Mix­ing and match­ing on a Cor­nish farm

How one cou­ple rein­vented a Cor­nish farm, mix­ing mid­cen­tury pieces with 250-year-old rooms. By Jo Leev­ers. Pho­to­graphs by Penny Win­cer

The Daily Telegraph - Telegraph Magazine - - Contents -

WHEN CHRIS­TEN PEARS and Chris Blake bought the group of build­ings that make up Mid­dle Colenso Farm, the farm­house was by no means the main at­trac­tion. ‘It came with a group of hol­i­day cot­tages, two barns and es­tab­lished fruit and veg­etable gar­dens. Those were our big­ger pri­or­i­ties be­cause we wanted a change of life­style,’ says Pears. ‘Back then, the house was prob­a­bly the least ap­peal­ing part of the pack­age.’

Although it was built in the mid­dle of the 18th cen­tury, the farm­house had been mod­ernised with vary­ing lev­els of suc­cess in re­cent decades. It had a ram­shackle, cor­ru­gated-plas­tic ex­ten­sion at the back, with win­dows held to­gether by duct tape. House re­pairs had been botched and part of the roof was bowed by ugly con­crete tiles. ‘Not only did it need a lot of work, it felt as if the house had lost its char­ac­ter along the way. It was nei­ther old nor con­tem­po­rary,’ ex­plains Pears.

Ren­o­vat­ing the hol­i­day cot­tages took prece­dence, so by the time Pears was ready to tackle the main house, she was well versed in the prac­ti­cal­i­ties of restor­ing old Cor­nish build­ings. ‘I learnt more than I ever thought pos­si­ble about lime build­ing tech­niques,’ she says. But by now she also had a much clearer vi­sion for the farm­house’s style.

‘Sud­denly, the fact that the house had lost many of its pe­riod de­tails started to feel like an ad­van­tage,’ she ex­plains. ‘It meant I felt freer to do what I wanted, which was to re­store fea­tures wher­ever pos­si­ble, then to in­dulge my love of mid-cen­tury de­sign.’

Lay­ers of plaster were chipped off the large in­glenook fire­place in the liv­ing room, re­veal­ing the house’s orig­i­nal creamy stone and a small bread oven on the left-hand side. Other walls were also stripped back to the stone – although around the stair­case this was more of a prac­ti­cal ne­ces­sity. ‘As we started work there, the old, damp plas­ter­board fell off,’ says Pears.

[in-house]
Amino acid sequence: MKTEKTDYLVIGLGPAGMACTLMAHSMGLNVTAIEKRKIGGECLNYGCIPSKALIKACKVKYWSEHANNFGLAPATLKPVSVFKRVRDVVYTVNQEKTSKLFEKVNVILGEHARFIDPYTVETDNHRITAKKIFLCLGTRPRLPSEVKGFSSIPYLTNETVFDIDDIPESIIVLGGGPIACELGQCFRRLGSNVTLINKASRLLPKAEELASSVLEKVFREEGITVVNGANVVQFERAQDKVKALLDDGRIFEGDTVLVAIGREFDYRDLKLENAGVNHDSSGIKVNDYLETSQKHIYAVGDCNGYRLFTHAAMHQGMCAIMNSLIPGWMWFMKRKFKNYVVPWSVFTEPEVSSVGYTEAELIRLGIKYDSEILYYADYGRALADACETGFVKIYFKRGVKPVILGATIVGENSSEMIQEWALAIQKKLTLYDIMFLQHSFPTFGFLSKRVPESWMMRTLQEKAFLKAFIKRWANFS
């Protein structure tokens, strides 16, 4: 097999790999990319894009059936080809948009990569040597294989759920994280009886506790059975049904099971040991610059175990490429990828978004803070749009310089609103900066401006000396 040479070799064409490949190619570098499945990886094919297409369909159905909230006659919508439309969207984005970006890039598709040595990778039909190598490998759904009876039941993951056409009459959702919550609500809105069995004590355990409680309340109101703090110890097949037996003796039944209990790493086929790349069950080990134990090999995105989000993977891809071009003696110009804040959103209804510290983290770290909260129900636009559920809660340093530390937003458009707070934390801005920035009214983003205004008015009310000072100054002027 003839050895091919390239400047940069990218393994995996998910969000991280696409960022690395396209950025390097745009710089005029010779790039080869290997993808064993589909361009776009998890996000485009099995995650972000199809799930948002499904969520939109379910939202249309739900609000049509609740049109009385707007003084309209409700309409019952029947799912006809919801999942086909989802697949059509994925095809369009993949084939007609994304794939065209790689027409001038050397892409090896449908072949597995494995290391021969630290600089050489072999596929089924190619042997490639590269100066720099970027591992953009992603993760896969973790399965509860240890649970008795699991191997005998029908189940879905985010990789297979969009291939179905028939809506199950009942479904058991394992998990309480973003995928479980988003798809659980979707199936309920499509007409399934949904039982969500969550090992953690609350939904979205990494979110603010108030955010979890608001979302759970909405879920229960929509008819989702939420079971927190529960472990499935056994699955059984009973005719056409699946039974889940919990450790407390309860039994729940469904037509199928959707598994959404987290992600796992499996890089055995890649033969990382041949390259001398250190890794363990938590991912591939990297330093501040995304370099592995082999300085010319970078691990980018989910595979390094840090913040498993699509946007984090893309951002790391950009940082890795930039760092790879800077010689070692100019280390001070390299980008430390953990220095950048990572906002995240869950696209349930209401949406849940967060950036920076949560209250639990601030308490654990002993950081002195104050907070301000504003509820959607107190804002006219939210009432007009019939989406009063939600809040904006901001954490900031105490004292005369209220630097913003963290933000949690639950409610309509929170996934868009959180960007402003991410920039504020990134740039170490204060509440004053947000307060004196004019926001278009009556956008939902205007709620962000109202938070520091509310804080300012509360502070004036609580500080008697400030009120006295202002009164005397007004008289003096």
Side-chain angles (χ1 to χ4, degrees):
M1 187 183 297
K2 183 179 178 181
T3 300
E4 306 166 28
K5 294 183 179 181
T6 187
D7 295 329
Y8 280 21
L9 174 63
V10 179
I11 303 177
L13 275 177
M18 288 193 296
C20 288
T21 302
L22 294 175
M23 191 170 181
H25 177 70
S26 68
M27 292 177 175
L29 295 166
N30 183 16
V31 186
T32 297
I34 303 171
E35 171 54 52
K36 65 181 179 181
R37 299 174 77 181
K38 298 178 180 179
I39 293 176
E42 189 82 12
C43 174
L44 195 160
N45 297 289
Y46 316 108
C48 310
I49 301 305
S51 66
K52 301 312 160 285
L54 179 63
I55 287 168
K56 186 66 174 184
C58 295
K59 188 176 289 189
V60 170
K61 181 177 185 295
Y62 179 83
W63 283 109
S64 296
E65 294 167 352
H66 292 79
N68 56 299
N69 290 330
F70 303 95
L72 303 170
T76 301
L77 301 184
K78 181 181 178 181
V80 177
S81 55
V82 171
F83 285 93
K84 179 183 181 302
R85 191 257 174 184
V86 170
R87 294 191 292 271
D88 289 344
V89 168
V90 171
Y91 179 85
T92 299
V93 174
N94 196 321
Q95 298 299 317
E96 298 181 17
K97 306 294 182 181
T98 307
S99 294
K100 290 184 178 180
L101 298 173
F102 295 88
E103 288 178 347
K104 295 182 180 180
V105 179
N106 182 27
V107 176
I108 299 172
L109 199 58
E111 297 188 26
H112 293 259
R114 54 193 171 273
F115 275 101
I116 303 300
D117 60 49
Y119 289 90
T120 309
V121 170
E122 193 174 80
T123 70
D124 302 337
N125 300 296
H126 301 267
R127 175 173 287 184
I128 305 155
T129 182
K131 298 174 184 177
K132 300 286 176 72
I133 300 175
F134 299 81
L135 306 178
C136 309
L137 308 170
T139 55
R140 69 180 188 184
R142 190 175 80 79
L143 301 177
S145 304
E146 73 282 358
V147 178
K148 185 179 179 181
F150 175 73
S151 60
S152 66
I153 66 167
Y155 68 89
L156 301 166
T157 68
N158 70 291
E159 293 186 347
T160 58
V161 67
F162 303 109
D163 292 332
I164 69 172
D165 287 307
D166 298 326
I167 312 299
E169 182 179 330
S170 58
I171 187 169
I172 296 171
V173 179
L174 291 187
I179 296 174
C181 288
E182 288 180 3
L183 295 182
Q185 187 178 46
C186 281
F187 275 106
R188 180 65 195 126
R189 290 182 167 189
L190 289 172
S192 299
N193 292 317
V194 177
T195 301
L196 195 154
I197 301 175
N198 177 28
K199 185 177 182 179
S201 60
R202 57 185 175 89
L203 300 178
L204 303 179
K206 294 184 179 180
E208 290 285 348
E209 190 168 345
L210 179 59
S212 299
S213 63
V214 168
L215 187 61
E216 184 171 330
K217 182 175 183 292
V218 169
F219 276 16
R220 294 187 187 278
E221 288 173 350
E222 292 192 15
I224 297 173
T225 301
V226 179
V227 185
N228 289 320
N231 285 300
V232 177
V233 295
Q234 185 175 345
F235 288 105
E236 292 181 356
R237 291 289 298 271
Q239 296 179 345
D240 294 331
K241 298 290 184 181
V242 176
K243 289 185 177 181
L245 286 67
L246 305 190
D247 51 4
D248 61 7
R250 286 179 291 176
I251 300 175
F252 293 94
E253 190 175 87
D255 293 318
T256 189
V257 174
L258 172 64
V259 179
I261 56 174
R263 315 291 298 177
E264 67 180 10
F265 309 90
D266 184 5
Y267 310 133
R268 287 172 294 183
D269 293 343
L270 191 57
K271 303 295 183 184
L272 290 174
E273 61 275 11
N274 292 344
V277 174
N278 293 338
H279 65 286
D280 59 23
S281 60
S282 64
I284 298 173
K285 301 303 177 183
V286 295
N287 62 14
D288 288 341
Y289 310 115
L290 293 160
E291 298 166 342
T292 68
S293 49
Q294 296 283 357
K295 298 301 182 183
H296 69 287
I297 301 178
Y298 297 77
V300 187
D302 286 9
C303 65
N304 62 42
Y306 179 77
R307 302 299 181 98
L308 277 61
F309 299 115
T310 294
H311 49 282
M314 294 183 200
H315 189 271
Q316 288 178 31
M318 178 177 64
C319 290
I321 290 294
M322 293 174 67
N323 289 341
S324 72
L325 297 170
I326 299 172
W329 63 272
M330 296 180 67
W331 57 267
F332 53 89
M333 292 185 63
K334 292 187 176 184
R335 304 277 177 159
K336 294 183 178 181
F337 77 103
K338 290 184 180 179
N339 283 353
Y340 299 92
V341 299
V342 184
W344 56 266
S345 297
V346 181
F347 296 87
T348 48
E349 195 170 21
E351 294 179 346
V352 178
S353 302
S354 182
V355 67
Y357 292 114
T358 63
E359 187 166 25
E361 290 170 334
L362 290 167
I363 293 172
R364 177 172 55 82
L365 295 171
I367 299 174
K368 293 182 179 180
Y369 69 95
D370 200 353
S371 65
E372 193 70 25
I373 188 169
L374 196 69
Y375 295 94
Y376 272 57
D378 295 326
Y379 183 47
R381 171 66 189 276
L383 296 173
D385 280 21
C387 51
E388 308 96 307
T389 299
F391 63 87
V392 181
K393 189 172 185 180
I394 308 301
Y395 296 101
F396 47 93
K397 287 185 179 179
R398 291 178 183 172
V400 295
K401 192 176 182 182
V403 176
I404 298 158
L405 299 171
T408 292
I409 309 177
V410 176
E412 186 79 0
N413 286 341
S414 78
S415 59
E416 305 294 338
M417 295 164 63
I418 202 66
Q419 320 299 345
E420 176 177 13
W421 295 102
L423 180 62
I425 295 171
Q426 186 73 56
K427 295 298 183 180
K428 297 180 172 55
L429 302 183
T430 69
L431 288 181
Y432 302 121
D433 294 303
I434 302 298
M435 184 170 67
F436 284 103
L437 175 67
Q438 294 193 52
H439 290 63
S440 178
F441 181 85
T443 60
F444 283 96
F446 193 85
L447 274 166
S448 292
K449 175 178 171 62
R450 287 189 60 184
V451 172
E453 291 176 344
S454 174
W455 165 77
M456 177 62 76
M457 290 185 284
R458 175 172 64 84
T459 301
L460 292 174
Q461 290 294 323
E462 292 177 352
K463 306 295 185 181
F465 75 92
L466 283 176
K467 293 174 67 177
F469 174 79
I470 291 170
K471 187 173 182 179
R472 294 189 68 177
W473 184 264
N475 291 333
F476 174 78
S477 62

In many ar­eas the floor­boards were too rot­ten to keep, so pale Di­ne­sen floor­ing now runs through the en­tire house. The boards that were in de­cent con­di­tion have been reused to make the cab­i­nets that line the walls in the scullery. This room, lead­ing off the kitchen, is what used to be the plas­tic-and-duct­tape ex­ten­sion. ‘It was com­pletely re­built, so it’s ac­tu­ally the new­est bit of the house, but it feels much older and

Lay­ers of plaster were chipped off the fire­place, re­veal­ing a bread oven

Right The kitchen ceil­ing was re­moved to cre­ate a dou­ble­height space. The units are Ikea car­cases clad in Di­ne­sen timbers, stained black. A lo­cal black­smith made the pan rack. Far right A visit to Ett Hem ho­tel in Stock­holm in­flu­enced the bathing space, with tiles from Man­darin Stone, a tub from The Cast Iron Bath Com­pany and a stool from Lovely & Co func­tions like a tra­di­tional scullery,’ says Pears. ‘It’s where we store food, do laun­dry, and make jams and chut­neys with the fruit and veg­eta­bles we grow.’

In the spa­cious liv­ing and din­ing rooms, fur­ni­ture by Arne Ja­cob­sen, Børge Mo­gensen and Ernest Race sits well in the re­freshed, gen­tly rus­tic spa­ces. ‘I think a mark of a piece of well-de­signed fur­ni­ture is that it

‘Tourists want the beaches and pasties. Liv­ing here gives you a fuller pic­ture’

en­dures and can work in dif­fer­ent set­tings,’ says Pears.